Four young children with plastic gardening tools crouched around a garden,
So what is a poor, non-gardening apartment dweller to do with all the compost that will be produced? After all, you can only fill so many potted plants. There are some interesting options out there, including:

Farmers Markets – Ask the vendors if they would like donations to their compost piles, either in the form of compost itself or thoughtfully collected scraps. Even if they are a “no”, they may have other ideas for you. Markets close to you can easily be found online.

Schools – Many schools have gardens and most are happy to accept donations of nearly any form. Here at ARBICO, we donate compost and other gardening supplies to the kids at La Paloma Academy.

Close-up of a black rooster with red wattle and comb. Photo by Mai Moselund on Unsplash.Community Gardens – Neighborhood gardens are common in many, if not most, places these days. You are already a part of a community, with your new-found composting spirit, you can become part of the community gardeners. You can find one near you here.                                     

Chicken Lovers – Raising backyard chickens is all the rage and the community is strong. While they may not need compost, your scraps could be greatly appreciated. Reach out on the BackYard Chickens site or go back to the Farmers Market and look for someone selling eggs.

Go Online – Offer compost and/or scraps on Craigslist or some similar site. Of course, always take the necessary precautions when opening yourself up to strangers. A more gentle approach would be to post on your Facebook.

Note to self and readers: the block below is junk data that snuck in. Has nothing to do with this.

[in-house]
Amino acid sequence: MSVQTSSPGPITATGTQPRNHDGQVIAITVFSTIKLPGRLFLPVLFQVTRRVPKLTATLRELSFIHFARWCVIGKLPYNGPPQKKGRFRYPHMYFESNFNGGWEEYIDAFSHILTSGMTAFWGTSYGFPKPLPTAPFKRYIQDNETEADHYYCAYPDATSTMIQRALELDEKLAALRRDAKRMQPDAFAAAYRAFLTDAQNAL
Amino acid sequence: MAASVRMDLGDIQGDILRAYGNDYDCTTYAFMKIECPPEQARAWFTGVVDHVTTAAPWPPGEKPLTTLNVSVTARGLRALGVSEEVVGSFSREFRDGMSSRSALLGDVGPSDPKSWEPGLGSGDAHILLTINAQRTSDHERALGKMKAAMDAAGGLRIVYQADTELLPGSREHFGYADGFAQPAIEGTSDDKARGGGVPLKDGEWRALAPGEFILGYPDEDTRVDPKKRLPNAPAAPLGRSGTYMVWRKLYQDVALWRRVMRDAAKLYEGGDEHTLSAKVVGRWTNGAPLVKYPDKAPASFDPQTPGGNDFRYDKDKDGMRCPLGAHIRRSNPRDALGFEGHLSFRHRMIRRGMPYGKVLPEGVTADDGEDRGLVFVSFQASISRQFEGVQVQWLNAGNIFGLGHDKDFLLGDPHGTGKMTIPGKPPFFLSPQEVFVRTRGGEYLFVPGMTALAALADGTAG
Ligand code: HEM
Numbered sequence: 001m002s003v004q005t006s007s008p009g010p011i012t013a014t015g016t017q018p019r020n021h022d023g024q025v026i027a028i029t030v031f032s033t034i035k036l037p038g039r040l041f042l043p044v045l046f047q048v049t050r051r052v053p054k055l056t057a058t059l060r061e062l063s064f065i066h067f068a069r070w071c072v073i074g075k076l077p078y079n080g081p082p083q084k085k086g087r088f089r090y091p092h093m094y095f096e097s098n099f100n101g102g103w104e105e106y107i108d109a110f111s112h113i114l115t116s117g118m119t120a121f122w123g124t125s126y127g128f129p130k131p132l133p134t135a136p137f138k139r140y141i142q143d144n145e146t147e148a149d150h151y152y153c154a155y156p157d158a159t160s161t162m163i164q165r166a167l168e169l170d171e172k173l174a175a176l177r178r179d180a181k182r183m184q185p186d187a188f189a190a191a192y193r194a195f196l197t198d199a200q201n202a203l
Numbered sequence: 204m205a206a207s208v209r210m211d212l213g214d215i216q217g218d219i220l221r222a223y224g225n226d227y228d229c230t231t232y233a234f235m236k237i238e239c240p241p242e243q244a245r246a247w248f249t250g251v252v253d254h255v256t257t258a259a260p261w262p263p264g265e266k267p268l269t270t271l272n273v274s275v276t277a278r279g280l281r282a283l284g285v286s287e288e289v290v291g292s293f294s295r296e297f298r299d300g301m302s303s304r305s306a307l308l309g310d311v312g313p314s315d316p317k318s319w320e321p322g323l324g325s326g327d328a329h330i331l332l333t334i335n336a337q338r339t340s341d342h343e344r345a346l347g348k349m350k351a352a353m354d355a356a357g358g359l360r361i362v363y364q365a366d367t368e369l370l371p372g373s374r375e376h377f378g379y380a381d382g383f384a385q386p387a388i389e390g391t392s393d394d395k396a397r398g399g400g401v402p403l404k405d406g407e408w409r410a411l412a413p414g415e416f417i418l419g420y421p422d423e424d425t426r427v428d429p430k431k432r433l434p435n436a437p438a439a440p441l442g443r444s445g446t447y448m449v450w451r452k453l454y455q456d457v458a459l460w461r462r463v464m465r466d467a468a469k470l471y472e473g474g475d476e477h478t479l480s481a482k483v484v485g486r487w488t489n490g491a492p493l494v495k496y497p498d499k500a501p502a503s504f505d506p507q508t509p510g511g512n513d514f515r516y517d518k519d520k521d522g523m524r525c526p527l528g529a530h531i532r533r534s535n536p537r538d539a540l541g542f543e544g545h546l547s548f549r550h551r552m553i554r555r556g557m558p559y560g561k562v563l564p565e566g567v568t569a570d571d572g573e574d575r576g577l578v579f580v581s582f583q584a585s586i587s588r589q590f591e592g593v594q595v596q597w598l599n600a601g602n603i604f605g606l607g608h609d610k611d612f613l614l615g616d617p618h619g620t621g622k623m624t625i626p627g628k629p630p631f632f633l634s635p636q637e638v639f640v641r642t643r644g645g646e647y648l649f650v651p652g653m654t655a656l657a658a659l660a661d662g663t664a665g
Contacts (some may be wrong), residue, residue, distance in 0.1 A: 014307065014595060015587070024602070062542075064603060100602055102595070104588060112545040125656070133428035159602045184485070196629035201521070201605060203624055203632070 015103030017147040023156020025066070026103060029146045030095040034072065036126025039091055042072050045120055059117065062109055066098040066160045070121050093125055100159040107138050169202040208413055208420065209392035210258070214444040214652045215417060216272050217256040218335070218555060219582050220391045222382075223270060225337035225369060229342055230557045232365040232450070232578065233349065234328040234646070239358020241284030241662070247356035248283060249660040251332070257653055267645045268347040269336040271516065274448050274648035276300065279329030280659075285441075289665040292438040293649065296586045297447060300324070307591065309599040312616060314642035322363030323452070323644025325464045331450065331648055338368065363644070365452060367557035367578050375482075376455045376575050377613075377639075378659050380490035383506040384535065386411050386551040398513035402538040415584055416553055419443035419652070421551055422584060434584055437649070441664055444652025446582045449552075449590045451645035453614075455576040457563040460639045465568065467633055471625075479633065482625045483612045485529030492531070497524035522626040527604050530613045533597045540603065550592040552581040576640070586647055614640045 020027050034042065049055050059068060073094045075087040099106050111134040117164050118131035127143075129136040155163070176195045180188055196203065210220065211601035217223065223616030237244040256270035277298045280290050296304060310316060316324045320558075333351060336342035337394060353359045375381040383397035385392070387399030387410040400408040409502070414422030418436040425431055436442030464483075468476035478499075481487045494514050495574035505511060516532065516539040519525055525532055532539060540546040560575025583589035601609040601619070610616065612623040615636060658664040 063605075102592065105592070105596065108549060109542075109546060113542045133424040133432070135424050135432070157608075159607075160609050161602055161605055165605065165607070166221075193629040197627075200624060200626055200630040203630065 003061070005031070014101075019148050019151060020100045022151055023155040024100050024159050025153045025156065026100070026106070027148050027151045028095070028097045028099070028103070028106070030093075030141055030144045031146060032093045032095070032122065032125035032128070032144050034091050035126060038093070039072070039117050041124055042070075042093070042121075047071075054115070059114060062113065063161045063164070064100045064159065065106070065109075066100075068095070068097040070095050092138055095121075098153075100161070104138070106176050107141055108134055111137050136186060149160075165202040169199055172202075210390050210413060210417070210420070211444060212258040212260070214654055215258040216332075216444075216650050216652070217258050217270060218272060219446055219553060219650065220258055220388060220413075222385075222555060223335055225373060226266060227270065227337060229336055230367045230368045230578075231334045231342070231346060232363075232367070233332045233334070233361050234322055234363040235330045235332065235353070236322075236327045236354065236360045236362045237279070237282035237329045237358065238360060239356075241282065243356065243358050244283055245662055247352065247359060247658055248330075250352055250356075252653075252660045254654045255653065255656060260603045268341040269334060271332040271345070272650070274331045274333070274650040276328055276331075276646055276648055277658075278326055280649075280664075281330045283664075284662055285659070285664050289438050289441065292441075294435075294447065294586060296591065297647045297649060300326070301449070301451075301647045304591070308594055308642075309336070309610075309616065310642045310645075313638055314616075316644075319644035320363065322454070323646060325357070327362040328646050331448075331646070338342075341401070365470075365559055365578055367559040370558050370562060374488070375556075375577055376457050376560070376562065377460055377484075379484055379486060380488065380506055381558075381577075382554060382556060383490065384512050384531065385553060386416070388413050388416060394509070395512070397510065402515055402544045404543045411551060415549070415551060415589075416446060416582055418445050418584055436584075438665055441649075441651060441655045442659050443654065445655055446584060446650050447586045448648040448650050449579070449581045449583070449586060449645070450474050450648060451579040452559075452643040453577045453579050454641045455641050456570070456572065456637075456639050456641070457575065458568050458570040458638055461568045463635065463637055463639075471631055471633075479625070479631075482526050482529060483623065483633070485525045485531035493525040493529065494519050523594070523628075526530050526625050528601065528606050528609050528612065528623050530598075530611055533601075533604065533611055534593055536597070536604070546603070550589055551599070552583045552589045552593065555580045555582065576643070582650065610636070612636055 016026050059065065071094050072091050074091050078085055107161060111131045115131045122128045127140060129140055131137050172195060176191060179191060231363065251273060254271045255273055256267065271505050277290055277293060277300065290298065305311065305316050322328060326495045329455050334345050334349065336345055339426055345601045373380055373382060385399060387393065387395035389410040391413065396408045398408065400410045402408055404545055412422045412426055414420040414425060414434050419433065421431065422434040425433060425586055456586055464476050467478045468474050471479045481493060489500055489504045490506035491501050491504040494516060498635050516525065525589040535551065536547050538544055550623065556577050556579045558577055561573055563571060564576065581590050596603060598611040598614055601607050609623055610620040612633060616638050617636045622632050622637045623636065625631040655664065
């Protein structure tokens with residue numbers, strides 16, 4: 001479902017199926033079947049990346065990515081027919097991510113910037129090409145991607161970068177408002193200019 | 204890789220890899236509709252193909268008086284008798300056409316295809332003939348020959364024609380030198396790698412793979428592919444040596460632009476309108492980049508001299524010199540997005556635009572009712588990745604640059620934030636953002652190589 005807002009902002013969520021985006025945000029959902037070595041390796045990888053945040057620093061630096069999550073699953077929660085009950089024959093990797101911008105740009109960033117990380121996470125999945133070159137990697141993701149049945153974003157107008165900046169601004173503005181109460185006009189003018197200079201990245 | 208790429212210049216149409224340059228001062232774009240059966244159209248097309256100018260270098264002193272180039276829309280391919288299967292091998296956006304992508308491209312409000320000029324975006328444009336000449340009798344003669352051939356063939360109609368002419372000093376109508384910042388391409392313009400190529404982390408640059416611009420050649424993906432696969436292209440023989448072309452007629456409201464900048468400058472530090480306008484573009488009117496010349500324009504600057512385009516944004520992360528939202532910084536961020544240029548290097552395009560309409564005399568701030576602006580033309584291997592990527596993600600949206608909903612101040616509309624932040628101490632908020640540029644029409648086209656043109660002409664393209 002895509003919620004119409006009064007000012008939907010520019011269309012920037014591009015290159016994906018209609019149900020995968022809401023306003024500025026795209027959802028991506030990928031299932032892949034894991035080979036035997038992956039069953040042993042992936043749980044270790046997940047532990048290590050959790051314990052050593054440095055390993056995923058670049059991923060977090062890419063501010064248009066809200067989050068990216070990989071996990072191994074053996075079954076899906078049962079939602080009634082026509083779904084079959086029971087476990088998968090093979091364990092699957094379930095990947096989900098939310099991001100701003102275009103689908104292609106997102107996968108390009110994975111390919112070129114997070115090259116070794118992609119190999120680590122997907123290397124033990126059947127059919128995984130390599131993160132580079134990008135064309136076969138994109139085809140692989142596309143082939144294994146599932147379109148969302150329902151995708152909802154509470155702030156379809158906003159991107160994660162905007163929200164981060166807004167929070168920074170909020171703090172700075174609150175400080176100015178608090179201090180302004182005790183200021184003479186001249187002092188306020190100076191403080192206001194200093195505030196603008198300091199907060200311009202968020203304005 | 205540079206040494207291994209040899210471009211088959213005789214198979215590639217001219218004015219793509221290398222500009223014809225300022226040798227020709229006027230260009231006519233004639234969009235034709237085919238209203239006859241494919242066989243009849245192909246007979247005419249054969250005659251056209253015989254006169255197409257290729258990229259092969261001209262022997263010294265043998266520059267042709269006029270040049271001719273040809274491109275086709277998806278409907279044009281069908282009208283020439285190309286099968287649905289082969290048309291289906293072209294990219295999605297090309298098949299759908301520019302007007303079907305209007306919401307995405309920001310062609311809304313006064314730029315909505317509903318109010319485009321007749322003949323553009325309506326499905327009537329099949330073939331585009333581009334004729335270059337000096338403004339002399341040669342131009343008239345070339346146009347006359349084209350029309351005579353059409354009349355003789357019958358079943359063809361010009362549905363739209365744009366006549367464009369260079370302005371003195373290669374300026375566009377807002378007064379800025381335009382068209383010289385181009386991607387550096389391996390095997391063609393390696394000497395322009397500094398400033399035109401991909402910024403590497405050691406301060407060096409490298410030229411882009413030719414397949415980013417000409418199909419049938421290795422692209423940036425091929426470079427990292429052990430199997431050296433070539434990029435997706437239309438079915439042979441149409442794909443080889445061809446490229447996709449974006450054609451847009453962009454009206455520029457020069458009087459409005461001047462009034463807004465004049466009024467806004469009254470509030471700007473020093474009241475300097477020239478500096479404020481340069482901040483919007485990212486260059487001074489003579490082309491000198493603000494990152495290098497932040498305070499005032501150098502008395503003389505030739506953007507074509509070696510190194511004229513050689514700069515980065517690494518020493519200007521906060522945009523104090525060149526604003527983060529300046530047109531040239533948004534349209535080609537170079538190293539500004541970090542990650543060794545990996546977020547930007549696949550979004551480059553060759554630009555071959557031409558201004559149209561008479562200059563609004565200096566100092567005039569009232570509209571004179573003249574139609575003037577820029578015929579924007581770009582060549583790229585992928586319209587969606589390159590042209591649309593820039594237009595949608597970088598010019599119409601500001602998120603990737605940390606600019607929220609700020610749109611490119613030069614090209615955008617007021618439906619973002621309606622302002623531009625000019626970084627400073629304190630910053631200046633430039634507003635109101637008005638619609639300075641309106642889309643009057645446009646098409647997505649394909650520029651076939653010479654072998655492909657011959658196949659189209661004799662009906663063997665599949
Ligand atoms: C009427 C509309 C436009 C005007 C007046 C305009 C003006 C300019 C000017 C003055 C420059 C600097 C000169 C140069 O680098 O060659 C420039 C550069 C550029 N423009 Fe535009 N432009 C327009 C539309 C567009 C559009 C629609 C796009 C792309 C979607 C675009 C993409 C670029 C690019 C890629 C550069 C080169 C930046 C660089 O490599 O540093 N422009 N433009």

City/Local Services - Check out local colleges and universities to see if they have sustainability programs you can tap into. Go to your municipality’s website to see what they have going. If you contact your local county extension office, someone there will probably have some good suggestions for you.

Silhouette of people standing on a ridge in the woods with the sun setting behind them.Give Back -  Why not give back directly to Mother Earth? The next time you are hiking or walking your dog or just out in nature, sprinkle some compost around a tree or in a field. As long as you make sure you are not on private property and that the compost is clean, it should be a win-win type of thing. For extra fun, make it a family affair and put your heads together to find new and interesting spots to visit for each compost drop.
If, after having read all this, you still don’t want to start yet another time-consuming project, I recommend purchasing some of the compost, castings and compost teas we have to offer. These are all exceptional products, but, this week, I’d like to draw your attention to what we have from Tank’s Green Stuff. They are dedicated to everything that  International Compost Awareness Week stands for (learn more about them here). We are proud they are here in Tucson and working with us.


Submitted by Pam






No comments:

Post a Comment

Featured Post

The Drowned Lands: New York’s Black Dirt Region

In May I was lucky enough to spend some time on a farm in the Black Dirt Region in Orange County, New York. Only about 50 miles northwest of...